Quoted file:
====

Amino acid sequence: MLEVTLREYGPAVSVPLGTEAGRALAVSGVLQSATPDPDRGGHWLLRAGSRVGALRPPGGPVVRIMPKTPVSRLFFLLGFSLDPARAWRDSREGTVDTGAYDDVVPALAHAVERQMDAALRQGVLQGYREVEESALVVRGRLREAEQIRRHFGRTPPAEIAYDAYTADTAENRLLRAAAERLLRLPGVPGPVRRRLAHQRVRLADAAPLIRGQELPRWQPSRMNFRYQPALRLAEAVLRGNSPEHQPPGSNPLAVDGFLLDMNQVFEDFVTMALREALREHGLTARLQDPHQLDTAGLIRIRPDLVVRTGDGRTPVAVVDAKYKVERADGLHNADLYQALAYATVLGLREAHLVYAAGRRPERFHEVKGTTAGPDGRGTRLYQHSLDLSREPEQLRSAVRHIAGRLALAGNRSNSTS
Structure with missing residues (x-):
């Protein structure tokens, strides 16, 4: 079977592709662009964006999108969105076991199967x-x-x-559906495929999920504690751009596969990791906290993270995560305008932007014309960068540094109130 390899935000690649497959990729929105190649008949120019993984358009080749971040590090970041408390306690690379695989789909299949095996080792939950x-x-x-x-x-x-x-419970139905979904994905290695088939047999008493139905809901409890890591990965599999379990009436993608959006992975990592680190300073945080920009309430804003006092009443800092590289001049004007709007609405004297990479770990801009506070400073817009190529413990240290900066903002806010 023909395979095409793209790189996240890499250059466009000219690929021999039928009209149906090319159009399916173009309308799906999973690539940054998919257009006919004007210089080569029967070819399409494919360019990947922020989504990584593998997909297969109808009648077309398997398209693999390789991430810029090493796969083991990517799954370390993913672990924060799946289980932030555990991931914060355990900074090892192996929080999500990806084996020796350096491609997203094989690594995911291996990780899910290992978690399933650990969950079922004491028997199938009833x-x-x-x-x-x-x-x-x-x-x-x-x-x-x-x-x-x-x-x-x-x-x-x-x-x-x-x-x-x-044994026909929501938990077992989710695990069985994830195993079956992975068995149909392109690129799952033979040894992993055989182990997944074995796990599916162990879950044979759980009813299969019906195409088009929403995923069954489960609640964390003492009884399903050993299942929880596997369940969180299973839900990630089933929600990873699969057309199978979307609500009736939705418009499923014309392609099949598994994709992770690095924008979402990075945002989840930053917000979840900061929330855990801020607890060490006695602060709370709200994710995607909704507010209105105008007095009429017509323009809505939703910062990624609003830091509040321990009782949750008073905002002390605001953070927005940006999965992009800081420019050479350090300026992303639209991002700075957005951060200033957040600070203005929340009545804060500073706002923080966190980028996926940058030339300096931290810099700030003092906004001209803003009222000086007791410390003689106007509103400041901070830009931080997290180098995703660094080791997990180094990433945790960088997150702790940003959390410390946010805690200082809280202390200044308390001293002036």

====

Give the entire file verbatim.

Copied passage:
Amino acid sequence: MLEVTLREYGPAVSVPLGTEAGRALAVSGVLQSATPDPDRGGHWLLRAGSRVGALRPPGGPVVRIMPKTPVSRLFFLLGFSLDPARAWRDSREGTVDTGAYDDVVPALAHAVERQMDAALRQGVLQGYREVEESALVVRGRLREAEQIRRHFGRTPPAEIAYDAYTADTAENRLLRAAAERLLRLPGVPGPVRRRLAHQRVRLADAAPLIRGQELPRWQPSRMNFRYQPALRLAEAVLRGNSPEHQPPGSNPLAVDGFLLDMNQVFEDFVTMALREALREHGLTARLQDPHQLDTAGLIRIRPDLVVRTGDGRTPVAVVDAKYKVERADGLHNADLYQALAYATVLGLREAHLVYAAGRRPERFHEVKGTTAGPDGRGTRLYQHSLDLSREPEQLRSAVRHIAGRLALAGNRSNSTS
Structure with missing residues (x-):
């Protein structure tokens, strides 16, 4: 079977592709662009964006999108969105076991199967x-x-x-559906495929999920504690751009596969990791906290993270995560305008932007014309960068540094109130 390899935000690649497959990729929105190649008949120019993984358009080749971040590090970041408390306690690379695989789909299949095996080792939950x-x-x-x-x-x-x-419970139905979904994905290695088939047999008493139905809901409890890591990965599999379990009436993608959006992975990592680190300073945080920009309430804003006092009443800092590289001049004007709007609405004297990479770990801009506070400073817009190529413990240290900066903002806010 023909395979095409793209790189996240890499250059466009000219690929021999039928009209149906090319159009399916173009309308799906999973690539940054998919257009006919004007210089080569029967070819399409494919360019990947922020989504990584593998997909297969109808009648077309398997398209693999390789991430810029090493796969083991990517799954370390993913672990924060799946289980932030555990991931914060355990900074090892192996929080999500990806084996020796350096491609997203094989690594995911291996990780899910290992978690399933650990969950079922004491028997199938009833x-x-x-x-x-x-x-x-x-x-x-x-x-x-x-x-x-x-x-x-x-x-x-x-x-x-x-x-x-x-044994026909929501938990077992989710695990069985994830195993079956992975068995149909392109690129799952033979040894992993055989182990997944074995796990599916162990879950044979759980009813299969019906195409088009929403995923069954489960609640964390003492009884399903050993299942929880596997369940969180299973839900990630089933929600990873699969057309199978979307609500009736939705418009499923014309392609099949598994994709992770690095924008979402990075945002989840930053917000979840900061929330855990801020607890060490006695602060709370709200994710995607909704507010209105105008007095009429017509323009809505939703910062990624609003830091509040321990009782949750008073905002002390605001953070927005940006999965992009800081420019050479350090300026992303639209991002700075957005951060200033957040600070203005929340009545804060500073706002923080966190980028996926940058030339300096931290810099700030003092906004001209803003009222000086007791410390003689106007509103400041901070830009931080997290180098995703660094080791997990180094990433945790960088997150702790940003959390410390946010805690200082809280202390200044308390001293002036």